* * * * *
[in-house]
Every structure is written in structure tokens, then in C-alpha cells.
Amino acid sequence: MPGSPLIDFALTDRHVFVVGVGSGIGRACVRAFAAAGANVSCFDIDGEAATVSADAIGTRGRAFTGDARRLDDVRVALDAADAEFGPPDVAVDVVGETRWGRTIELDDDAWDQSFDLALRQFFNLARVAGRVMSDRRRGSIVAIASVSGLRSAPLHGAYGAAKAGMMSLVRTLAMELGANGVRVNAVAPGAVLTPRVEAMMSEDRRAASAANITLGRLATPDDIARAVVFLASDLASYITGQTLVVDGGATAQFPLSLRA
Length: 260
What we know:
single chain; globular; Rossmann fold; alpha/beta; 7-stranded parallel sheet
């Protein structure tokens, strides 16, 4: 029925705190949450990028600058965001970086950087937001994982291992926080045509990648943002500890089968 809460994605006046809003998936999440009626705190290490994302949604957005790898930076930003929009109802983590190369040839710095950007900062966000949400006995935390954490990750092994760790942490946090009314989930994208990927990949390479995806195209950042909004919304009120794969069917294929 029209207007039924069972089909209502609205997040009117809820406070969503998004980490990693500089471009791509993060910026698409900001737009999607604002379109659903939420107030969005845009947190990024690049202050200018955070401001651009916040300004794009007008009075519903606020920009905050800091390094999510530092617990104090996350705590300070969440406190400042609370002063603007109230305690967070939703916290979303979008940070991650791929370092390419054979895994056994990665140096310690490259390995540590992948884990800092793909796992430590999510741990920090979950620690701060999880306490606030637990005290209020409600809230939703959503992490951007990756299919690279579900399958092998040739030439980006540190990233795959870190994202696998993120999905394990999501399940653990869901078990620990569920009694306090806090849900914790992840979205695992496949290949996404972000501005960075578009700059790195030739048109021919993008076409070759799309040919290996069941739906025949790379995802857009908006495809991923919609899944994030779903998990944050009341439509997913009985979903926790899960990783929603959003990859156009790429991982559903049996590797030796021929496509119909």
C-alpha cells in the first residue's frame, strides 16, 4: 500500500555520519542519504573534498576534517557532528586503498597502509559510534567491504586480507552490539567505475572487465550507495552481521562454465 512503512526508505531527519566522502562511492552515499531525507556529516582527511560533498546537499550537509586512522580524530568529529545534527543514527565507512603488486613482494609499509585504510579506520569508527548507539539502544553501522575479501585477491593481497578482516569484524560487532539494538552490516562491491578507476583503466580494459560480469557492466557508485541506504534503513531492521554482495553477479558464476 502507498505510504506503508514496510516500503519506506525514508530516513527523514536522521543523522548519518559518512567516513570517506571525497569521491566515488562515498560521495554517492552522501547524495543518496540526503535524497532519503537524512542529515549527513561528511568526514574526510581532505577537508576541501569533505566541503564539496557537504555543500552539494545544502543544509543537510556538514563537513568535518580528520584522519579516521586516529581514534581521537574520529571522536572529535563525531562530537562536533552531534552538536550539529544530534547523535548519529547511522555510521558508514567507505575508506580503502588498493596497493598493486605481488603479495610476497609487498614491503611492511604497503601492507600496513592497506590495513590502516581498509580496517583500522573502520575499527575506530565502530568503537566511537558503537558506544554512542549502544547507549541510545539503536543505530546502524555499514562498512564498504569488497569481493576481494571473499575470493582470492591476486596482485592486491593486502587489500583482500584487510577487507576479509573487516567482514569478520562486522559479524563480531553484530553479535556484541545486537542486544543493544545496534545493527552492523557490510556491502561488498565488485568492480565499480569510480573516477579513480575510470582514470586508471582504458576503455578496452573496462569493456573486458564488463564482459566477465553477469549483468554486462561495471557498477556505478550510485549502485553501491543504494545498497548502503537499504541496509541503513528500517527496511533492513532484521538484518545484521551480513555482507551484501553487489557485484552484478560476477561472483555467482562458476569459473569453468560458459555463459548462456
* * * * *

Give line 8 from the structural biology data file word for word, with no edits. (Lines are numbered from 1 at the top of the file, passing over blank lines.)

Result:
C-alpha cells in the first residue's frame, strides 16, 4: 500500500555520519542519504573534498576534517557532528586503498597502509559510534567491504586480507552490539567505475572487465550507495552481521562454465 512503512526508505531527519566522502562511492552515499531525507556529516582527511560533498546537499550537509586512522580524530568529529545534527543514527565507512603488486613482494609499509585504510579506520569508527548507539539502544553501522575479501585477491593481497578482516569484524560487532539494538552490516562491491578507476583503466580494459560480469557492466557508485541506504534503513531492521554482495553477479558464476 502507498505510504506503508514496510516500503519506506525514508530516513527523514536522521543523522548519518559518512567516513570517506571525497569521491566515488562515498560521495554517492552522501547524495543518496540526503535524497532519503537524512542529515549527513561528511568526514574526510581532505577537508576541501569533505566541503564539496557537504555543500552539494545544502543544509543537510556538514563537513568535518580528520584522519579516521586516529581514534581521537574520529571522536572529535563525531562530537562536533552531534552538536550539529544530534547523535548519529547511522555510521558508514567507505575508506580503502588498493596497493598493486605481488603479495610476497609487498614491503611492511604497503601492507600496513592497506590495513590502516581498509580496517583500522573502520575499527575506530565502530568503537566511537558503537558506544554512542549502544547507549541510545539503536543505530546502524555499514562498512564498504569488497569481493576481494571473499575470493582470492591476486596482485592486491593486502587489500583482500584487510577487507576479509573487516567482514569478520562486522559479524563480531553484530553479535556484541545486537542486544543493544545496534545493527552492523557490510556491502561488498565488485568492480565499480569510480573516477579513480575510470582514470586508471582504458576503455578496452573496462569493456573486458564488463564482459566477465553477469549483468554486462561495471557498477556505478550510485549502485553501491543504494545498497548502503537499504541496509541503513528500517527496511533492513532484521538484518545484521551480513555482507551484501553487489557485484552484478560476477561472483555467482562458476569459473569453468560458459555463459548462456